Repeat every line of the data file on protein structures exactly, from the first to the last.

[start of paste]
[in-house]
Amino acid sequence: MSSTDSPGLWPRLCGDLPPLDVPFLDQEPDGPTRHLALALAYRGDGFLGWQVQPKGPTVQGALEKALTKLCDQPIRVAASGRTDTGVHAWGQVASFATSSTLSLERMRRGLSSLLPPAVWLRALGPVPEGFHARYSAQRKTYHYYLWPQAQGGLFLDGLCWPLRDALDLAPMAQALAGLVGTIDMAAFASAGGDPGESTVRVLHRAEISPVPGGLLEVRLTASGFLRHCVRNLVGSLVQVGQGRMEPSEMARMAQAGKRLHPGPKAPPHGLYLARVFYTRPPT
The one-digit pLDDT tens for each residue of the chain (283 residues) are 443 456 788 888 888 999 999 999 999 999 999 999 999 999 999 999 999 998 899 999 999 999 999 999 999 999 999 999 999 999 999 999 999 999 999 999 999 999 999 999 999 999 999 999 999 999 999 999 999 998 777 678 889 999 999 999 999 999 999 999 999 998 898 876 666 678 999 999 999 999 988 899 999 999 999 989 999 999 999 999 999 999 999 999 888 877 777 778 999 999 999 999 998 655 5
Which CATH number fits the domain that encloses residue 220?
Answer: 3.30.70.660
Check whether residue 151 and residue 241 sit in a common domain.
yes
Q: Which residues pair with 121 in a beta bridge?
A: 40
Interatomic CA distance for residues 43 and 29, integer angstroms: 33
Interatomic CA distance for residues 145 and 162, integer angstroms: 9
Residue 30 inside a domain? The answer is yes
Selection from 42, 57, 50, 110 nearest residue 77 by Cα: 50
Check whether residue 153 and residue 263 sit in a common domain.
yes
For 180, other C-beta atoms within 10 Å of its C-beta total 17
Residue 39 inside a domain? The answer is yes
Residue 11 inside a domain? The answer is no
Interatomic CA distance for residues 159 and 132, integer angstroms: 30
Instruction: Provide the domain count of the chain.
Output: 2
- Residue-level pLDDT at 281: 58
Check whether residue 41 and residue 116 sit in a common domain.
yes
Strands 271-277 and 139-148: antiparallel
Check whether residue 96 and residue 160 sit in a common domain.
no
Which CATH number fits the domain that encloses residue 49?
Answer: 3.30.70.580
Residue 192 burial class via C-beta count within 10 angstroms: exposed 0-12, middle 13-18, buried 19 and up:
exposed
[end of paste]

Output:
[in-house]
Amino acid sequence: MSSTDSPGLWPRLCGDLPPLDVPFLDQEPDGPTRHLALALAYRGDGFLGWQVQPKGPTVQGALEKALTKLCDQPIRVAASGRTDTGVHAWGQVASFATSSTLSLERMRRGLSSLLPPAVWLRALGPVPEGFHARYSAQRKTYHYYLWPQAQGGLFLDGLCWPLRDALDLAPMAQALAGLVGTIDMAAFASAGGDPGESTVRVLHRAEISPVPGGLLEVRLTASGFLRHCVRNLVGSLVQVGQGRMEPSEMARMAQAGKRLHPGPKAPPHGLYLARVFYTRPPT
The one-digit pLDDT tens for each residue of the chain (283 residues) are 443 456 788 888 888 999 999 999 999 999 999 999 999 999 999 999 999 998 899 999 999 999 999 999 999 999 999 999 999 999 999 999 999 999 999 999 999 999 999 999 999 999 999 999 999 999 999 999 999 998 777 678 889 999 999 999 999 999 999 999 999 998 898 876 666 678 999 999 999 999 988 899 999 999 999 989 999 999 999 999 999 999 999 999 888 877 777 778 999 999 999 999 998 655 5
Which CATH number fits the domain that encloses residue 220?
Answer: 3.30.70.660
Check whether residue 151 and residue 241 sit in a common domain.
yes
Q: Which residues pair with 121 in a beta bridge?
A: 40
Interatomic CA distance for residues 43 and 29, integer angstroms: 33
Interatomic CA distance for residues 145 and 162, integer angstroms: 9
Residue 30 inside a domain? The answer is yes
Selection from 42, 57, 50, 110 nearest residue 77 by Cα: 50
Check whether residue 153 and residue 263 sit in a common domain.
yes
For 180, other C-beta atoms within 10 Å of its C-beta total 17
Residue 39 inside a domain? The answer is yes
Residue 11 inside a domain? The answer is no
Interatomic CA distance for residues 159 and 132, integer angstroms: 30
Instruction: Provide the domain count of the chain.
Output: 2
- Residue-level pLDDT at 281: 58
Check whether residue 41 and residue 116 sit in a common domain.
yes
Strands 271-277 and 139-148: antiparallel
Check whether residue 96 and residue 160 sit in a common domain.
no
Which CATH number fits the domain that encloses residue 49?
Answer: 3.30.70.580
Residue 192 burial class via C-beta count within 10 angstroms: exposed 0-12, middle 13-18, buried 19 and up:
exposed